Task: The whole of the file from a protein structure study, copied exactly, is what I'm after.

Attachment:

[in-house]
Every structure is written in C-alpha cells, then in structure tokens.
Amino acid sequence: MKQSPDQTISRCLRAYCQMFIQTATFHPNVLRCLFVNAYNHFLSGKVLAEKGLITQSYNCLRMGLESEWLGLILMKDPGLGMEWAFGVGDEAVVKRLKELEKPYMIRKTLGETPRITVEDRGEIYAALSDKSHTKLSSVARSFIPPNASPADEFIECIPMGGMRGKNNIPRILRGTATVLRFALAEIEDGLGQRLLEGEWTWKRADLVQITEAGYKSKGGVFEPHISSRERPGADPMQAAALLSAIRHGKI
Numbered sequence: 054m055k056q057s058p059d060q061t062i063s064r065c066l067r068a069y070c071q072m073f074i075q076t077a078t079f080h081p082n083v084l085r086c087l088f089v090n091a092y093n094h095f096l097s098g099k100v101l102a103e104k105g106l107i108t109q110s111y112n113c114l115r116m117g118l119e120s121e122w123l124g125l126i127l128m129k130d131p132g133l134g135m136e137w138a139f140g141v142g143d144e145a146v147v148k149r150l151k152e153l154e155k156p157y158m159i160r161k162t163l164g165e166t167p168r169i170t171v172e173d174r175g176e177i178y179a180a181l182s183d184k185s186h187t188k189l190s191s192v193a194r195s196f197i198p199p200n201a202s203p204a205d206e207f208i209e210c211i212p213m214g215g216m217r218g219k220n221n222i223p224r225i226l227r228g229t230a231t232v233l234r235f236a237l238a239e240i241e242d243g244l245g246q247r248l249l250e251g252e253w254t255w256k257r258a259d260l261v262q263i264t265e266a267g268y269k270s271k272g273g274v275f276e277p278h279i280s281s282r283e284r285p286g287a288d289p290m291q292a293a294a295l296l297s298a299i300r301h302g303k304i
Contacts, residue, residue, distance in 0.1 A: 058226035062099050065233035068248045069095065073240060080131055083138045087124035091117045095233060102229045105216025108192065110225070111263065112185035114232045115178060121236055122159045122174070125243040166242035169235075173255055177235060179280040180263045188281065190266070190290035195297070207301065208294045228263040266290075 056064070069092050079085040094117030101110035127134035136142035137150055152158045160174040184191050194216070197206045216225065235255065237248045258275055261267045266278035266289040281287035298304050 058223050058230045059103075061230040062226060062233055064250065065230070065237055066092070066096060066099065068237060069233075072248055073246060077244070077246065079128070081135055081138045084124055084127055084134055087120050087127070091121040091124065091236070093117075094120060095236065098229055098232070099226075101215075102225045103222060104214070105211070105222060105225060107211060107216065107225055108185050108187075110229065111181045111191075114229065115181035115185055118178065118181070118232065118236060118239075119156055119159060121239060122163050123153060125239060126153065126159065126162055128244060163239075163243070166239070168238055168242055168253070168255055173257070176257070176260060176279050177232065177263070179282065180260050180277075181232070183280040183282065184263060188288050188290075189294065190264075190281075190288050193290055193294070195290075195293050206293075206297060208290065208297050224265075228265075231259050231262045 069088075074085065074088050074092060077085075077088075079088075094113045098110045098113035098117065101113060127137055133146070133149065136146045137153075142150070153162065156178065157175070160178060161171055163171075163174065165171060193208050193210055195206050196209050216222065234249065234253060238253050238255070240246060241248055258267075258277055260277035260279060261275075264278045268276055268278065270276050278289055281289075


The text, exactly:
[in-house]
Every structure is written in C-alpha cells, then in structure tokens.
Amino acid sequence: MKQSPDQTISRCLRAYCQMFIQTATFHPNVLRCLFVNAYNHFLSGKVLAEKGLITQSYNCLRMGLESEWLGLILMKDPGLGMEWAFGVGDEAVVKRLKELEKPYMIRKTLGETPRITVEDRGEIYAALSDKSHTKLSSVARSFIPPNASPADEFIECIPMGGMRGKNNIPRILRGTATVLRFALAEIEDGLGQRLLEGEWTWKRADLVQITEAGYKSKGGVFEPHISSRERPGADPMQAAALLSAIRHGKI
Numbered sequence: 054m055k056q057s058p059d060q061t062i063s064r065c066l067r068a069y070c071q072m073f074i075q076t077a078t079f080h081p082n083v084l085r086c087l088f089v090n091a092y093n094h095f096l097s098g099k100v101l102a103e104k105g106l107i108t109q110s111y112n113c114l115r116m117g118l119e120s121e122w123l124g125l126i127l128m129k130d131p132g133l134g135m136e137w138a139f140g141v142g143d144e145a146v147v148k149r150l151k152e153l154e155k156p157y158m159i160r161k162t163l164g165e166t167p168r169i170t171v172e173d174r175g176e177i178y179a180a181l182s183d184k185s186h187t188k189l190s191s192v193a194r195s196f197i198p199p200n201a202s203p204a205d206e207f208i209e210c211i212p213m214g215g216m217r218g219k220n221n222i223p224r225i226l227r228g229t230a231t232v233l234r235f236a237l238a239e240i241e242d243g244l245g246q247r248l249l250e251g252e253w254t255w256k257r258a259d260l261v262q263i264t265e266a267g268y269k270s271k272g273g274v275f276e277p278h279i280s281s282r283e284r285p286g287a288d289p290m291q292a293a294a295l296l297s298a299i300r301h302g303k304i
Contacts, residue, residue, distance in 0.1 A: 058226035062099050065233035068248045069095065073240060080131055083138045087124035091117045095233060102229045105216025108192065110225070111263065112185035114232045115178060121236055122159045122174070125243040166242035169235075173255055177235060179280040180263045188281065190266070190290035195297070207301065208294045228263040266290075 056064070069092050079085040094117030101110035127134035136142035137150055152158045160174040184191050194216070197206045216225065235255065237248045258275055261267045266278035266289040281287035298304050 058223050058230045059103075061230040062226060062233055064250065065230070065237055066092070066096060066099065068237060069233075072248055073246060077244070077246065079128070081135055081138045084124055084127055084134055087120050087127070091121040091124065091236070093117075094120060095236065098229055098232070099226075101215075102225045103222060104214070105211070105222060105225060107211060107216065107225055108185050108187075110229065111181045111191075114229065115181035115185055118178065118181070118232065118236060118239075119156055119159060121239060122163050123153060125239060126153065126159065126162055128244060163239075163243070166239070168238055168242055168253070168255055173257070176257070176260060176279050177232065177263070179282065180260050180277075181232070183280040183282065184263060188288050188290075189294065190264075190281075190288050193290055193294070195290075195293050206293075206297060208290065208297050224265075228265075231259050231262045 069088075074085065074088050074092060077085075077088075079088075094113045098110045098113035098117065101113060127137055133146070133149065136146045137153075142150070153162065156178065157175070160178060161171055163171075163174065165171060193208050193210055195206050196209050216222065234249065234253060238253050238255070240246060241248055258267075258277055260277035260279060261275075264278045268276055268278065270276050278289055281289075